Last night marked another one of those times when I harked back to a comment a friend made the day after the 2016 election: he said he had awakened that morning with a feeling that he was living in a different country. Of course, for most of us at that point, the election result evoked a sense of profound disappointment: our political system—yes the one we had mocked and criticized and lamented all our lives but which had somehow served us despite its shortcomings—that system had been exploded, and we faced an uncertain future maneuvering through the detritus left behind.
We’ve been living in that new country for nearly two years now: if only it had all turned out to be merely problematic and not the full-scale horror with which we are now confronted daily, its specifics ubiquitous and inescapable.
•We see it in the heartless and sadistic separation of immigrant children from their parents.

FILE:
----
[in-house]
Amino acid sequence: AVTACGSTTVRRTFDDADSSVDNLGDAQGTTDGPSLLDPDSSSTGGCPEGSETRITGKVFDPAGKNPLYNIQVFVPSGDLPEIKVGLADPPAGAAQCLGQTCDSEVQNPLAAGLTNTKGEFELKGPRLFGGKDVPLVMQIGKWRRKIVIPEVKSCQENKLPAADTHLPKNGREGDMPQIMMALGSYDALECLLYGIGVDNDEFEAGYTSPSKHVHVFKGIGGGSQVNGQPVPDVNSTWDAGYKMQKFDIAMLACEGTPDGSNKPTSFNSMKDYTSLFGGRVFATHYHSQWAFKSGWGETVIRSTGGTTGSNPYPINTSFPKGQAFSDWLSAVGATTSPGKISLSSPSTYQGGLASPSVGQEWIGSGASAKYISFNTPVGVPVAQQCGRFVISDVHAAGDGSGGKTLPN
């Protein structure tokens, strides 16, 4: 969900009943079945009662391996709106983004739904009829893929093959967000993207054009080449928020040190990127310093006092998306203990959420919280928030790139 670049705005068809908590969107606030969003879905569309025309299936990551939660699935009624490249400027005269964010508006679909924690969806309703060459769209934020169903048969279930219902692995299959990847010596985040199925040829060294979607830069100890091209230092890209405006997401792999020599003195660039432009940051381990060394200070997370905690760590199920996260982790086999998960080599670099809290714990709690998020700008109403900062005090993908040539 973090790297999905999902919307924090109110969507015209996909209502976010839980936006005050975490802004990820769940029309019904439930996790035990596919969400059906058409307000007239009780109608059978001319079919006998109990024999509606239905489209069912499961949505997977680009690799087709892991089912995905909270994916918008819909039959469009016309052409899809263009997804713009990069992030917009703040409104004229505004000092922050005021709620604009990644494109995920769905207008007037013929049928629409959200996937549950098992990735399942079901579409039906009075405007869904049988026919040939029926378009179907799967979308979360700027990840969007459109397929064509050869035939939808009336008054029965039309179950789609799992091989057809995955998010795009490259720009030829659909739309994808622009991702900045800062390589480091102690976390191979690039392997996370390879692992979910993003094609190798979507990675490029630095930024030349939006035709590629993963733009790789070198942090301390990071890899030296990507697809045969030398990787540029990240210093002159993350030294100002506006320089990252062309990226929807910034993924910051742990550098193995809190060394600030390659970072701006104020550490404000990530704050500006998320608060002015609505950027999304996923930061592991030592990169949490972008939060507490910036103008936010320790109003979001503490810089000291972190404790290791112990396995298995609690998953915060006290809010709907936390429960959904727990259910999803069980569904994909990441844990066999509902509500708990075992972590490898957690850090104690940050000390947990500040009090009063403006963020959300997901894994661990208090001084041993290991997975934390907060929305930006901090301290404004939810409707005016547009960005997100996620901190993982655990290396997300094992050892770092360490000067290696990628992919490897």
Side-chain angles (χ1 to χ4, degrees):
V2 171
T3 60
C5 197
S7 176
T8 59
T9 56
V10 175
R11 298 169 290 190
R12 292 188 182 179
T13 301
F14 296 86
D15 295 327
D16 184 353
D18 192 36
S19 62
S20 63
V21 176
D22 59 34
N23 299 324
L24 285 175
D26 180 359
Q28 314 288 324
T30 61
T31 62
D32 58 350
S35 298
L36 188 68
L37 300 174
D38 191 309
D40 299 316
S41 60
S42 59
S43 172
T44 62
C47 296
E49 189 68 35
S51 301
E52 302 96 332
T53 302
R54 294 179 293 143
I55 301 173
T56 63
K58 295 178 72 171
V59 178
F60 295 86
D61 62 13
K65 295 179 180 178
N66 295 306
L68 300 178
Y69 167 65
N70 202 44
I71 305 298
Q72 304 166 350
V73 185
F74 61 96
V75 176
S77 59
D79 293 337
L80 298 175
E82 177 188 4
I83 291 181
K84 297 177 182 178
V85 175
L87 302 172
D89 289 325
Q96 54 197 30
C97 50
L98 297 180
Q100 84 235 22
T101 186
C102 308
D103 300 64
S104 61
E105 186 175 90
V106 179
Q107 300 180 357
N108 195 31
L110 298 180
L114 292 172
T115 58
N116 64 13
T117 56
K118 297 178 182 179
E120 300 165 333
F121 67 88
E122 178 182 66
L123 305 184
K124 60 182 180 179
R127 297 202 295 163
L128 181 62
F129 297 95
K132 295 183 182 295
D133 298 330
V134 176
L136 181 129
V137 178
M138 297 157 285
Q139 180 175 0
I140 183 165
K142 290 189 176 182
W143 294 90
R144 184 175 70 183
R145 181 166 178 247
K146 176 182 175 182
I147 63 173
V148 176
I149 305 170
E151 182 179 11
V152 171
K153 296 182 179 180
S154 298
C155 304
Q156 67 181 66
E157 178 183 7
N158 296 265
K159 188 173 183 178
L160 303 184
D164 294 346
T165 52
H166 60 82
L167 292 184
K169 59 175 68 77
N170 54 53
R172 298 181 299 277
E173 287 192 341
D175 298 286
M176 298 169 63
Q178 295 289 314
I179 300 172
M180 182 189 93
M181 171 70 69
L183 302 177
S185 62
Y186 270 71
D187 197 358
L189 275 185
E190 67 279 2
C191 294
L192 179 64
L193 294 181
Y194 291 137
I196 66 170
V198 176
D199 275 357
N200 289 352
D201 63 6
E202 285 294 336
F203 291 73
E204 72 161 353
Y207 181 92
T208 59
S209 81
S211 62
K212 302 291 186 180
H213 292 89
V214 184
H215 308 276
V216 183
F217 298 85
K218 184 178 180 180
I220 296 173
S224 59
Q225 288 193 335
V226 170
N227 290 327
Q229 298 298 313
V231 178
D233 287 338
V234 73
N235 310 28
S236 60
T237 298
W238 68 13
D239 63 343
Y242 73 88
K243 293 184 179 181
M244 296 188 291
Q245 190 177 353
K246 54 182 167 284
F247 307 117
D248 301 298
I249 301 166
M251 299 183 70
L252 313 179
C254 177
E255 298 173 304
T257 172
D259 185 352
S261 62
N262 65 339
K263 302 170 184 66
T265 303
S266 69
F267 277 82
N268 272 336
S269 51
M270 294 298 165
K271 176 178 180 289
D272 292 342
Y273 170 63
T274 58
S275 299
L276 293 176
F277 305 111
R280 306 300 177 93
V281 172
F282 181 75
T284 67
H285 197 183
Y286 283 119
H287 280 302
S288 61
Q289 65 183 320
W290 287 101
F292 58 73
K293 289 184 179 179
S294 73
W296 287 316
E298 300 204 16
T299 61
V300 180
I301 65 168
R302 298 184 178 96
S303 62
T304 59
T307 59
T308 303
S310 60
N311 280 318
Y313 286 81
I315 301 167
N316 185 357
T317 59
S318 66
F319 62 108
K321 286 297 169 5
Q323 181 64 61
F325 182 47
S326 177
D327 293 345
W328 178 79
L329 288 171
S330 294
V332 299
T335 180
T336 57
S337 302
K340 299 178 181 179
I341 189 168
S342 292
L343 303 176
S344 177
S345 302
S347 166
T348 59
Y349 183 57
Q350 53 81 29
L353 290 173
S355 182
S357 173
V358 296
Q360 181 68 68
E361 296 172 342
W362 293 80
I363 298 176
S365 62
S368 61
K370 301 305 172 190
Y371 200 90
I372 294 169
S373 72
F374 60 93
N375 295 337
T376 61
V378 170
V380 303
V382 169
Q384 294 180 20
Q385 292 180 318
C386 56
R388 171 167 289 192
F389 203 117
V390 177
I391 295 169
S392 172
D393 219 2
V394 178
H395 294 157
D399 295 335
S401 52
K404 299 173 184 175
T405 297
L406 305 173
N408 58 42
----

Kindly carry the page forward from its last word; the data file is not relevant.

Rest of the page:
•We see it in the tacit acceptance and normalization of bigotry, racism, and intolerance.
•We see it in the daily attacks on the laws of our land by those who have sworn to uphold them.
•We see it in the willing authorization of illegal and immoral behavior by the erstwhile leader of the free world and the slavish officials who do his bidding.
The extent of the damage at so many levels exceeds our ability to keep up, the actions so insidious they beggar belief. On any given day we can pick up a newspaper and find more concrete evidence that our country is being remade into something unrecognizable. To wit:
In the America of 2016 an act that would turn back the clock on pollution standards and imperil the lives of thousands would have incurred nothing but scorn, but in our new country scorn serves as the barometer of effectiveness: the louder reasonable people cry foul, the more certain the president is that he’s following his mandate.
In the America of 2018 we are indeed living in a new country, something foreign and discomfiting; and every day this new autocracy takes hold under Trump’s egomaniacal control, the road back—already strewn with debris and overgrown with invasive weeds—becomes more difficult to navigate…or even locate. It’s just a matter of time before we forget there was ever a road at all.